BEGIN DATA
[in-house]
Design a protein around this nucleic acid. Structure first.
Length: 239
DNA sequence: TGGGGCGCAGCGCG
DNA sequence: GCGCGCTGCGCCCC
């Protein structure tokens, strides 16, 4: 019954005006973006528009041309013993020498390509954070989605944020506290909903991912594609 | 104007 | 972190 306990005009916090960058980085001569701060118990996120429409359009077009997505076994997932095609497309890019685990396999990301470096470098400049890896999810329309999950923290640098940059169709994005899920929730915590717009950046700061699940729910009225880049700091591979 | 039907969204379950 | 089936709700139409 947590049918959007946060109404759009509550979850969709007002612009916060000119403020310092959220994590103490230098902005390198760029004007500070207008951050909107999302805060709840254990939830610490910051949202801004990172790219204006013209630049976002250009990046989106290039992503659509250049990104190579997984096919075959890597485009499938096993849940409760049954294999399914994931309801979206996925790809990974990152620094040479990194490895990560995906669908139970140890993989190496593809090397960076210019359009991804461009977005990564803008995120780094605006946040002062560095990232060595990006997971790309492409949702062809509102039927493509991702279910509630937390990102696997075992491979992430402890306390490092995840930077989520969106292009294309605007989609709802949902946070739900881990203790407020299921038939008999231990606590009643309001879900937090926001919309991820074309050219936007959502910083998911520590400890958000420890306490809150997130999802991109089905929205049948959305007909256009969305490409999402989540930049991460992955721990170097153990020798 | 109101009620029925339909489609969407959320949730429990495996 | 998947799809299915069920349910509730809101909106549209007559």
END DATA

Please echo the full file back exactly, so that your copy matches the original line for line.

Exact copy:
[in-house]
Design a protein around this nucleic acid. Structure first.
Length: 239
DNA sequence: TGGGGCGCAGCGCG
DNA sequence: GCGCGCTGCGCCCC
């Protein structure tokens, strides 16, 4: 019954005006973006528009041309013993020498390509954070989605944020506290909903991912594609 | 104007 | 972190 306990005009916090960058980085001569701060118990996120429409359009077009997505076994997932095609497309890019685990396999990301470096470098400049890896999810329309999950923290640098940059169709994005899920929730915590717009950046700061699940729910009225880049700091591979 | 039907969204379950 | 089936709700139409 947590049918959007946060109404759009509550979850969709007002612009916060000119403020310092959220994590103490230098902005390198760029004007500070207008951050909107999302805060709840254990939830610490910051949202801004990172790219204006013209630049976002250009990046989106290039992503659509250049990104190579997984096919075959890597485009499938096993849940409760049954294999399914994931309801979206996925790809990974990152620094040479990194490895990560995906669908139970140890993989190496593809090397960076210019359009991804461009977005990564803008995120780094605006946040002062560095990232060595990006997971790309492409949702062809509102039927493509991702279910509630937390990102696997075992491979992430402890306390490092995840930077989520969106292009294309605007989609709802949902946070739900881990203790407020299921038939008999231990606590009643309001879900937090926001919309991820074309050219936007959502910083998911520590400890958000420890306490809150997130999802991109089905929205049948959305007909256009969305490409999402989540930049991460992955721990170097153990020798 | 109101009620029925339909489609969407959320949730429990495996 | 998947799809299915069920349910509730809101909106549209007559």